Friday, March 7, 1997

A Time to End "Other Considerations"

Hebron-Past, Present and Forever
by David Wilder
A Time to End "Other Considerations"
March 7, 1997

In an interview following today's cabinet decision, Prime Minister Benyamin
Netanyahu related to threats by members of the coalition to leave the
government. "It is in their hands if they want the government to be run within a
different framework."

Netanyahu, together with Yitzhak Mordechai and David Levi, forced the cabinet to
accept the first of three planned `further redeployments.' The initial
abandonment includes relinquishing an additional 9% of Eretz Yisrael to Arafat,
including 2% in area C, presently under total Israeli control. However, the
real man behind the cabinet decision is not Bibi Netanyahu. It is Bill Clinton.

According to Arutz 7 news reports this morning, Yitzhak Mordechai and other
ministers took calls from the State Department several times during the cabinet
debate. Martin Indyk, American ambassador to Israel received constant updates.
Throughout the day, preceding the cabinet meeting, phone calls between
Washington and Jerusalem abounded. The new American Secretary of State, Madeline
Albright, reportedly told the Prime Minister that Israel must concede 10% of
Yesha to Arafat. When Netanyahu presented the American administration with an
alternative plan suggested by the National Religious Party, whereby only .5% of
area C territory would be transferred to Arafat, the State Department nixed the
idea. Then, of course, Netanyahu rejected it too.

Netanyahu, defending the Hebron accords in the Knesset, basked in the glory of
the `additional letter' signed by Warren Christopher, declaring that Israel
alone would determine the extent of the `further redeployments,' without any
intervention by Arafat and the palestinian authority. It did not, however,
exclude American interference.

Seven ministers voted against the abandonment - Arik Sharon and Limor Livnat of
the Likud, Zevulun Hammer and Rav Yitzhak Levi of the NRP, Natan Sharansky and
Yuli Edelstein of Yisrael b'Aliya, and Rafael Eitan of Zomet. Deputy Minister
of Education Moshe Peled (Zomet) has announced his intention to resign. Hanan
Porat, Shaul Yahalom and Zvi Hendel, all of the NRP, are considering pulling out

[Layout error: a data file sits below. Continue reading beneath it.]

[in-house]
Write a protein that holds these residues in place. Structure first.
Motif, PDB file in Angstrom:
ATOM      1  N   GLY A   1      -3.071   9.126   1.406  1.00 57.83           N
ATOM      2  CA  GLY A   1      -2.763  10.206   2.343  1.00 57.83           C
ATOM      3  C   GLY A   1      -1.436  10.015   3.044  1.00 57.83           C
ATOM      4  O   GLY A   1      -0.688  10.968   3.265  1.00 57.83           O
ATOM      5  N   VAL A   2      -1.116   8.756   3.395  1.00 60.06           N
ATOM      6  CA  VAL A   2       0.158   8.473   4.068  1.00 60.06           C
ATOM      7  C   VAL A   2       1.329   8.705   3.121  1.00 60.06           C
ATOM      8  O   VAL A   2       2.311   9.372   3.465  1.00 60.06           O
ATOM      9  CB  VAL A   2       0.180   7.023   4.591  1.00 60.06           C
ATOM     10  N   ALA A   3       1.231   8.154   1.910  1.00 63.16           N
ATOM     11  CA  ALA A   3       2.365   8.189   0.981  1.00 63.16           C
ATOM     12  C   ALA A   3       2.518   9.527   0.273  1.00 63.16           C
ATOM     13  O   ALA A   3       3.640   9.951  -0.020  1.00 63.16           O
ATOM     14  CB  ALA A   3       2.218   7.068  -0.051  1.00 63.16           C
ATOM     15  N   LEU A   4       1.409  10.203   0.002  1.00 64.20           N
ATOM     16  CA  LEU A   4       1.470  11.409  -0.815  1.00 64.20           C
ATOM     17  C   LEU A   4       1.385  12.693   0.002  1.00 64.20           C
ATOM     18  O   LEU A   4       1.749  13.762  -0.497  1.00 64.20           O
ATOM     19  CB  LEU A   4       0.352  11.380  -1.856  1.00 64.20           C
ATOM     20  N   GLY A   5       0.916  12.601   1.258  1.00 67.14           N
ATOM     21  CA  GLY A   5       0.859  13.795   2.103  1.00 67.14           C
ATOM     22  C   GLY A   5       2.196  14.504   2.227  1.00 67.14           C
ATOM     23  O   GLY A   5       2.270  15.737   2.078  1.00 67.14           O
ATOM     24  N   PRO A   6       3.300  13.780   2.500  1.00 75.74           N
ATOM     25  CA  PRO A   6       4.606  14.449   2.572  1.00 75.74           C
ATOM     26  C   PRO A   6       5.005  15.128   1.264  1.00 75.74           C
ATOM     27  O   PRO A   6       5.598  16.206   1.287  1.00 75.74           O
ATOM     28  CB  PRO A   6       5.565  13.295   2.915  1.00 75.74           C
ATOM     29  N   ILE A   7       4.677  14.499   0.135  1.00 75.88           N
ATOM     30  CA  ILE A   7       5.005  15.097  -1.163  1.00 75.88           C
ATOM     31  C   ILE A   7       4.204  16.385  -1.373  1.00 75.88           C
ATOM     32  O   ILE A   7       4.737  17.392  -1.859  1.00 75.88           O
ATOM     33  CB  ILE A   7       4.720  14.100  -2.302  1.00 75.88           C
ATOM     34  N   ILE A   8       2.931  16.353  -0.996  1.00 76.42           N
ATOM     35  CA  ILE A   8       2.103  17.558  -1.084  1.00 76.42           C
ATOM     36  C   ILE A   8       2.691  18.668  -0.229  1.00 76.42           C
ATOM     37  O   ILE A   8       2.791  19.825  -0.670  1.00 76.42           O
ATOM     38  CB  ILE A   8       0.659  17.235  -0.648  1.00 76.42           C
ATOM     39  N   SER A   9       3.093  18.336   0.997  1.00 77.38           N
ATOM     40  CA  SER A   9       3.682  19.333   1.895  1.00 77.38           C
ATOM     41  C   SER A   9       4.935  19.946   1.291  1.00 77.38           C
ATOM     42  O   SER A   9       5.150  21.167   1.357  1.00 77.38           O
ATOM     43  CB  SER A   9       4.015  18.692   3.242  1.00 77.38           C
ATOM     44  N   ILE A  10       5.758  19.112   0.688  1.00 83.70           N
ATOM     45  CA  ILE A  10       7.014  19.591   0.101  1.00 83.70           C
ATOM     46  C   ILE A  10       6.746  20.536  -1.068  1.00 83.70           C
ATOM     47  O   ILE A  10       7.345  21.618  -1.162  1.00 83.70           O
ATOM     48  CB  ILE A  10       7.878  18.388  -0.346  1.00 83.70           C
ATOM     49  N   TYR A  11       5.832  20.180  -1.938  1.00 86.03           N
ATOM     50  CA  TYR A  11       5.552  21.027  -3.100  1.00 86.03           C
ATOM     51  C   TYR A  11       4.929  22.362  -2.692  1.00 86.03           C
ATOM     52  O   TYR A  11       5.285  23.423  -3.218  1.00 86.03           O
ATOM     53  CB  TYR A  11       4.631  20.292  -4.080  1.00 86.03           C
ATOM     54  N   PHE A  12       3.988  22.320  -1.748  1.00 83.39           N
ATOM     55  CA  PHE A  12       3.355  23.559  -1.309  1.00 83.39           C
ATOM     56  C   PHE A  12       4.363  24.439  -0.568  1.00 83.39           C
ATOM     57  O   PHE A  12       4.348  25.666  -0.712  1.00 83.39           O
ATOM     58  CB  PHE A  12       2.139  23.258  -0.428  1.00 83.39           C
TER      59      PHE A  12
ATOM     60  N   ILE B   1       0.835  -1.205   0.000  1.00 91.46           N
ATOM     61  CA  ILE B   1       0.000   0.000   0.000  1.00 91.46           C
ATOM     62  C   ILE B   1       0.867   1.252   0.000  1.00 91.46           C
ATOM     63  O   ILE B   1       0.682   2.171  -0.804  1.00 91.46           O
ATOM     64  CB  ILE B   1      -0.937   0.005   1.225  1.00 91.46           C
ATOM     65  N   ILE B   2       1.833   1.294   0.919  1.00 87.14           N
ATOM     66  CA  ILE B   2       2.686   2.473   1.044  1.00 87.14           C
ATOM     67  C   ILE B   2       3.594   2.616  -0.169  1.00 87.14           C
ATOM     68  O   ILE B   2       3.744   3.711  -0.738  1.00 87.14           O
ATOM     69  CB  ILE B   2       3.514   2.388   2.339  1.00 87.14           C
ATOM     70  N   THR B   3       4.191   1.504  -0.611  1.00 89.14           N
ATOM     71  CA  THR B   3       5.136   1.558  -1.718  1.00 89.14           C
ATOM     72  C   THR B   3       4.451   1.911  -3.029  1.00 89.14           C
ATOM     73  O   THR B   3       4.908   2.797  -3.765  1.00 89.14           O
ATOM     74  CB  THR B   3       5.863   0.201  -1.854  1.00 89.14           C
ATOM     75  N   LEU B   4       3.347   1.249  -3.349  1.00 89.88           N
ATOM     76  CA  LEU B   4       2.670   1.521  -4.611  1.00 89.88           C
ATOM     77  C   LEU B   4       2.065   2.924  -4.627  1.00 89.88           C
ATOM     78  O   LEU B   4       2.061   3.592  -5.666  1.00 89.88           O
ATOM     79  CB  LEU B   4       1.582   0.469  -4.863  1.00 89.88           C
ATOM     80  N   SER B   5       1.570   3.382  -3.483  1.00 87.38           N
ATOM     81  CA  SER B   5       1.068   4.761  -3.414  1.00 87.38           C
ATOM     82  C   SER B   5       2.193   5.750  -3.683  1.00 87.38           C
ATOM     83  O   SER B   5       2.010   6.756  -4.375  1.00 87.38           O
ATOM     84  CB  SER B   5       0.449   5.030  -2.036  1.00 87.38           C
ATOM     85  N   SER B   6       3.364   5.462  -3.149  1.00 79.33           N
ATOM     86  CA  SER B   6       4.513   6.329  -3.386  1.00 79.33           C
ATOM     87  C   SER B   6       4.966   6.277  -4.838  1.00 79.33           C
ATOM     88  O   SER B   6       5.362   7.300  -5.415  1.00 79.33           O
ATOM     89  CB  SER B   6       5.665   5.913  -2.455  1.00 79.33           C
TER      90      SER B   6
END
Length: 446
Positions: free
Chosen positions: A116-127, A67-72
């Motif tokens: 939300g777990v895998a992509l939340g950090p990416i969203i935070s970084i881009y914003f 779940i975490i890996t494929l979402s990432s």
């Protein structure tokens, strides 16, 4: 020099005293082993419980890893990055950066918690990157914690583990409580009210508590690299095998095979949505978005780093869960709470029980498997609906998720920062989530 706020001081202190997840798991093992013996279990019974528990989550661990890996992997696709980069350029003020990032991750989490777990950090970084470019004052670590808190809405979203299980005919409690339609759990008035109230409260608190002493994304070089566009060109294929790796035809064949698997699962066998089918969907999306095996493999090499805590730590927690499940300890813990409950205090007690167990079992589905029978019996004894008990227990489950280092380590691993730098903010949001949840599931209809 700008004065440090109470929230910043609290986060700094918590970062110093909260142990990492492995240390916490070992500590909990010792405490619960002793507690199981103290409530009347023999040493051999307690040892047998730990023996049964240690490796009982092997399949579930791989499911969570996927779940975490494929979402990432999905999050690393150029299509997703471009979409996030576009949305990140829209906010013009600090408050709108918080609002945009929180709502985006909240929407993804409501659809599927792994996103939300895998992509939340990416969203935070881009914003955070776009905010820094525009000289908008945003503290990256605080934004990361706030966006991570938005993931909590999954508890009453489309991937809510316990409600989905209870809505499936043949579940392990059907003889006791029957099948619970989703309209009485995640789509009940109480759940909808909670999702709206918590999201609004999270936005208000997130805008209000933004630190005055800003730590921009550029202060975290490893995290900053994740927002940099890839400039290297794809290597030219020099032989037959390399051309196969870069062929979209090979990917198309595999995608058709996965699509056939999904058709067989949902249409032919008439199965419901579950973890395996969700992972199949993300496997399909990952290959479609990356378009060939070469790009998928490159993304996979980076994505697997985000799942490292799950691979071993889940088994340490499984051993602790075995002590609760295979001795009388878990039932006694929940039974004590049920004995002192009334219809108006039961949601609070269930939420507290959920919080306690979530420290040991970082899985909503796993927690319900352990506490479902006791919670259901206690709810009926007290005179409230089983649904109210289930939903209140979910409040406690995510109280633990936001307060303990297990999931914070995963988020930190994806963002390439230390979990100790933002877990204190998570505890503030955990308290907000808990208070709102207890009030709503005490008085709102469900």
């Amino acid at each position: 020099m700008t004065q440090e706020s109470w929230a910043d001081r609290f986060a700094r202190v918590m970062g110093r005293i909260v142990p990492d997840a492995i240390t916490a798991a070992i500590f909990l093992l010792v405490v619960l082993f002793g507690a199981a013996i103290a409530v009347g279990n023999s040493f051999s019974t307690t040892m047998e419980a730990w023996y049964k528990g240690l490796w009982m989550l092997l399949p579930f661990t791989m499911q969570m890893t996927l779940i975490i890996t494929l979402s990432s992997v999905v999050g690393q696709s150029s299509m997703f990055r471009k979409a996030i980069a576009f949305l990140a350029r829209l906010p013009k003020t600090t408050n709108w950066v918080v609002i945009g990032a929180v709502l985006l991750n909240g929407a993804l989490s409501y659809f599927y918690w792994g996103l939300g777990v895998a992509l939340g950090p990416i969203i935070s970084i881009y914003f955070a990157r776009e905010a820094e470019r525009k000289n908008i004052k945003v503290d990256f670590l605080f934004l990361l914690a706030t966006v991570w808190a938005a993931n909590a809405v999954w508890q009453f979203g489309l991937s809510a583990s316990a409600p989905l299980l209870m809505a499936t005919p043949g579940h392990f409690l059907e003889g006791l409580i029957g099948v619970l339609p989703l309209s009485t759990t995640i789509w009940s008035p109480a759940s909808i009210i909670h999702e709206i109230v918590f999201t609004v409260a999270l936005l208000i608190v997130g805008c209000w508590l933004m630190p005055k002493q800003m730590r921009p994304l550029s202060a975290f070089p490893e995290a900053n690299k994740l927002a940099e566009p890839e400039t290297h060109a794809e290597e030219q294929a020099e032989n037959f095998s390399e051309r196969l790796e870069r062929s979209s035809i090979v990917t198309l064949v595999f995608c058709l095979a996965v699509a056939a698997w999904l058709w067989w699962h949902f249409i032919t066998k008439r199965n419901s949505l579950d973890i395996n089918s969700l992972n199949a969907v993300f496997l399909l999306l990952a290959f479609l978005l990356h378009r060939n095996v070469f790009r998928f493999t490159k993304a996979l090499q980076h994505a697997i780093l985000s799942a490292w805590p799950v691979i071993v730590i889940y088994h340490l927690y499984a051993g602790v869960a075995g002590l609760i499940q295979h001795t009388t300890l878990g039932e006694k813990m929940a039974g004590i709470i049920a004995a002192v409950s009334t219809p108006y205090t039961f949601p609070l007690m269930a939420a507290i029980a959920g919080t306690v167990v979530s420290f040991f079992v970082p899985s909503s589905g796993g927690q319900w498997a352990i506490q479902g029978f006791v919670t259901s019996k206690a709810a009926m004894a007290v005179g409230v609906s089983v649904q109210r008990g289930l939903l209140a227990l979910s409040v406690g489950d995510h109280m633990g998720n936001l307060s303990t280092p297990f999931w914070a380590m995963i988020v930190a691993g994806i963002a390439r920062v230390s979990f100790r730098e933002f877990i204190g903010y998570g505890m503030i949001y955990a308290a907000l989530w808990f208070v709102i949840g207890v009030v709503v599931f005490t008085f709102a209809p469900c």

of the coalition, along with Gesher MK Michael Kleiner, who heads up the Eretz
Yisrael Force in the Knesset. He is calling on the other 17 MKs who belong to
the Eretz Yisrael Force to join him and the other 4 MKs in voting against the
government in next week's no-confidence vote.

It appears that the time has come to make a decision. The right-wing of the
Israeli political spectrum broke its back to get Netanyahu elected. Had the
elections taken place as scheduled, and had Rabin not be assassinated, it is
impossible to know what would have happened. After the murder, it seemed that
Peres' reelection was assured. Israeli public opinion and the left-wing
backlash, supported by the media, insured the continued rule of the anti-Eretz
Yisrael forces in Israel.

But the overwhelming work of tens of thousands of people in Israel and around
the world led to `the miracle,' - the defeat of the left and the rise of the
right. Ecstasy was an understatement. However, shortly afterwards, Bibi's
intentions began to slip out. Arik Sharon, the one person most responsible for
the election of Netanyahu was pushed to the side, outside of the cabinet. The
Prime Minister's lack of reaction to the September affair left red lights
blinking in the minds of many. And of course, Hebron. Hebron - abandonment of
all values Netanyahu had ever espoused - the beginning of the end.

There were those who tried to defend the policies as `Netanyahu having no
choice' - he was only implementing the agreements signed by the previous
administration - and the Hebron accords were supposedly `improved.' After all,
Netanyahu declared, towards the end of the election campaign, that he would
carry out Israel's obligations as signed by Rabin and Peres. Forget the fact
that Arafat continues to violate the treaty - that there is no reciprocity -